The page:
Advanced Search
MyIDEAS: Login to save this paper or follow this series

China, the ‘East Asian Model’ and Late Development

Contents:

Author Info

  • Dic Lo

    ()
    (Department of Economics, SOAS, University of London, UK)

Registered author(s):

    Abstract

    There is an influential, neo-liberal proposition in the scholarly literature on China’s economic transformation since the late 1970s. It states that China’s reformed economic institutions are a mix of market-conforming and market-supplanting elements, that its developmental achievements so far have been ascribable to the conforming elements whereas the accumulated problems being ascribable to the supplanting elements, and that the problems have tended to outweigh the achievements as the country’s economic transition progresses from the allegedly easy phase to the difficult phase. This paper offers an alternative interpretation of the Chinese experience. The central proposition is that China’s economic institutions could be seen in favourable light both theoretically and with reference to the East Asian development experience. Specifically, the developmental implications of the market-conforming and market-supplanting elements should not be understood in any absolute sense, but rather depend on the appropriate match or otherwise between the institutions and the external environment. The developmental achievements to date indicate that China’s economic reform has managed to achieve a basically appropriate match between the two aspects, although enormous uncertainties still cloud over the future prospects owing to changes both in the external environment and the reform strategies of the state leadership.

    Download Info

    If you experience problems downloading a file, check if you have the proper application to view it first. In case of further problems read the IDEAS help page. Note that these files are not on the IDEAS site. Please be patient as the files may be large.
    File URL: http://www.soas.ac.uk/economics/research/workingpapers/file28847.pdf
    Download Restriction: no

    Bibliographic Info

    Paper provided by Department of Economics, SOAS, University of London, UK in its series Working Papers with number 131.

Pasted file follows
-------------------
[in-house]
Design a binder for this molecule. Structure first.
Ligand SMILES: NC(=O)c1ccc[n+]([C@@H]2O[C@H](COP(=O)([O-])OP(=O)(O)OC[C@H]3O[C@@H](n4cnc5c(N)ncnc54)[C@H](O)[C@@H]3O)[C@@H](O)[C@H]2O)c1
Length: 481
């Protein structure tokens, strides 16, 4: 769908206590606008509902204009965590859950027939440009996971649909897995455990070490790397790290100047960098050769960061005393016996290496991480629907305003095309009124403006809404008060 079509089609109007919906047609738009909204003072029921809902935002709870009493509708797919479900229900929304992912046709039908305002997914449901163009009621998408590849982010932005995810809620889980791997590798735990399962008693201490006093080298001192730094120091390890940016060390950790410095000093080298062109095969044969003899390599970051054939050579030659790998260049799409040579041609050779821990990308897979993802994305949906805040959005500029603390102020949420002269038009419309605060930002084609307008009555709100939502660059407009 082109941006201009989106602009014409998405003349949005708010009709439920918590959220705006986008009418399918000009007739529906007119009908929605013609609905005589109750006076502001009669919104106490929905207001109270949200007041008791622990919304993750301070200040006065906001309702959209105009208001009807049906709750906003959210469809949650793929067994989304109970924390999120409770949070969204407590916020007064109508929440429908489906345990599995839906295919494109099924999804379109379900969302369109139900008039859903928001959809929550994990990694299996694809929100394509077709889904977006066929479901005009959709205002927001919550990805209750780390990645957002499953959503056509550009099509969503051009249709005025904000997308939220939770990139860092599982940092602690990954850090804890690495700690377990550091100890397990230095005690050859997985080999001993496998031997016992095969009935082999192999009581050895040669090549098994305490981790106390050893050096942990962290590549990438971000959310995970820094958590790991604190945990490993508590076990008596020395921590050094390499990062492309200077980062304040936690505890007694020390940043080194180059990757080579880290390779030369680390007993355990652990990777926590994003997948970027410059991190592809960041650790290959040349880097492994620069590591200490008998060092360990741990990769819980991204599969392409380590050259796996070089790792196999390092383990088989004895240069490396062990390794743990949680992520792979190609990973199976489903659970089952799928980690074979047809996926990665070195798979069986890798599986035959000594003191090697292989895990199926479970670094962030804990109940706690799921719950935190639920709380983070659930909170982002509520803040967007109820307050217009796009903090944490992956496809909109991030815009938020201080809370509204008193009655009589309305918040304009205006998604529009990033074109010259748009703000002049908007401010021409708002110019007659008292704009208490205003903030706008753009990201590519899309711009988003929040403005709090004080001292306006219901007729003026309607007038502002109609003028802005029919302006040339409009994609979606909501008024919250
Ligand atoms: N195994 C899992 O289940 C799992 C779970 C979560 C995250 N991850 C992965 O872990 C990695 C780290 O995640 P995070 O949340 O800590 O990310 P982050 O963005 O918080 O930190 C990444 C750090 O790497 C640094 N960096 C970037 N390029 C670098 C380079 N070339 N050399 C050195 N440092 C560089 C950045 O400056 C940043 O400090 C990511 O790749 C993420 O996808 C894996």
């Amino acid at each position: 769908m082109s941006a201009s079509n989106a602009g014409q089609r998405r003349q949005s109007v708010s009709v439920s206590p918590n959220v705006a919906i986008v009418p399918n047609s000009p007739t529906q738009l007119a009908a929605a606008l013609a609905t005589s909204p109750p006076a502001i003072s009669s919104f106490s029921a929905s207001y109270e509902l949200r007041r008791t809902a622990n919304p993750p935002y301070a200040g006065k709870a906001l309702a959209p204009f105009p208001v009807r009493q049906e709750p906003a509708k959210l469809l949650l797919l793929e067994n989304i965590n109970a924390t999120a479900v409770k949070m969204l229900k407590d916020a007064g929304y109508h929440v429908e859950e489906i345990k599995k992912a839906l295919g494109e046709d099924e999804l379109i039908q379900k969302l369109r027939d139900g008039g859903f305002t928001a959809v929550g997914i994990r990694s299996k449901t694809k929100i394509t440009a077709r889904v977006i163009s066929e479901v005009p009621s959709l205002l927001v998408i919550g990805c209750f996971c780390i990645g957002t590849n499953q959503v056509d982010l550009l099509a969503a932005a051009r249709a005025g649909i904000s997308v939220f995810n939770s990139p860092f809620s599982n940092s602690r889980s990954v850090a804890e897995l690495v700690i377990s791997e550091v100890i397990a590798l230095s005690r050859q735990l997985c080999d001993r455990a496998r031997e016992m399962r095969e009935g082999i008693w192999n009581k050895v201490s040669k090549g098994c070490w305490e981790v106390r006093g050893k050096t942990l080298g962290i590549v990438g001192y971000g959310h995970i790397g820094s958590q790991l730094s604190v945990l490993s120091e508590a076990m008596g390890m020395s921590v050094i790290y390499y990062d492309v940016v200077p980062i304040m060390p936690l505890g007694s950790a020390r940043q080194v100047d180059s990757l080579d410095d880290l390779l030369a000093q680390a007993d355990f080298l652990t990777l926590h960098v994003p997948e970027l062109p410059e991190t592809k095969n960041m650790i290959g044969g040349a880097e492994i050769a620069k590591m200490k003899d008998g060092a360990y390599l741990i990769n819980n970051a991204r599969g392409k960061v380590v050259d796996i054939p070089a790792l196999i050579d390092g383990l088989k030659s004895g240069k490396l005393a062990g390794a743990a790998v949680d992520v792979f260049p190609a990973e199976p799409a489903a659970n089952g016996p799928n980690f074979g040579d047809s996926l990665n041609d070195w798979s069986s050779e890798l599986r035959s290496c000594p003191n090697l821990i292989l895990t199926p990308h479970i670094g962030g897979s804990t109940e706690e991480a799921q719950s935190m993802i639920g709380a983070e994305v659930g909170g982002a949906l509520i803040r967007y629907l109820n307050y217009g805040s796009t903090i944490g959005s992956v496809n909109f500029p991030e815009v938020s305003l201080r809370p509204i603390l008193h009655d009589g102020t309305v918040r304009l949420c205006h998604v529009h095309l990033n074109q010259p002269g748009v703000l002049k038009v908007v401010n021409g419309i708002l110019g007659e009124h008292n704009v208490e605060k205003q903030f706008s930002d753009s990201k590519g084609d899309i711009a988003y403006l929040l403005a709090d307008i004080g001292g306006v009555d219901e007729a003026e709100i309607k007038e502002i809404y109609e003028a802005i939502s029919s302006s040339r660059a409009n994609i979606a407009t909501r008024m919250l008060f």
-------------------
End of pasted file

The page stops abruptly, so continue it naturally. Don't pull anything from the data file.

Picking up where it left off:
as in new window
    Length: 30 pages
    Date of creation: Nov 2003
    Date of revision:
    Handle: RePEc:soa:wpaper:131

    Contact details of provider:
    Postal: Thornhaugh Street, London WC1H OXG
    Web page: http://www.soas.ac.uk/economics/
    More information through EDIRC

    Related research

    Keywords: China; East Asia; late development;

    References

    References listed on IDEAS
    Please report citation or reference errors to , or , if you are the registered author of the cited work, log in to your RePEc Author Service profile, click on "citations" and make appropriate adjustments.:
    as in new window
    1. Aoki, Masahiko, 1990. "Toward an Economic Model of the Japanese Firm," Journal of Economic Literature, American Economic Association, vol. 28(1), pages 1-27, March.
    2. Teece, David J, 1993. "The Dynamics of Industrial Capitalism: Perspectives on Alfred Chandler's Scale and Scope," Journal of Economic Literature, American Economic Association, vol. 31(1), pages 199-225, March.
    3. Dic Lo & Thomas M. H. Chan, 1998. "Machinery and China's nexus of foreign trade and economic growth," Journal of International Development, John Wiley & Sons, Ltd., vol. 10(6), pages 733-749.
    Full references (including those not matched with items on IDEAS)

    Citations

    Lists

    This item is not listed on Wikipedia, on a reading list or among the top items on IDEAS.

    Statistics

    Access and download statistics

    Corrections

    When requesting a correction, please mention this item's handle: RePEc:soa:wpaper:131. See general information about how to correct material in RePEc.

    For technical questions regarding this item, or to correct its authors, title, abstract, bibliographic or download information, contact: (Duo QIN) The email address of this maintainer does not seem to be valid anymore. Please ask Duo QIN to update the entry or send us the correct address.

    If you have authored this item and are not yet registered with RePEc, we encourage you to do it here. This allows to link your profile to this item. It also allows you to accept potential citations to this item that we are uncertain about.

    If references are entirely missing, you can add them using this form.

    If the full references list an item that is present in RePEc, but the system did not link to it, you can help with this form.

    If you know of missing items citing this one, you can help us creating those links by adding the relevant references in the same way as above, for each refering item. If you are a registered author of this item, you may also want to check the "citations" tab in your profile, as there may be some citations waiting for confirmation.

    Please note that corrections may take a couple of weeks to filter through the various RePEc services.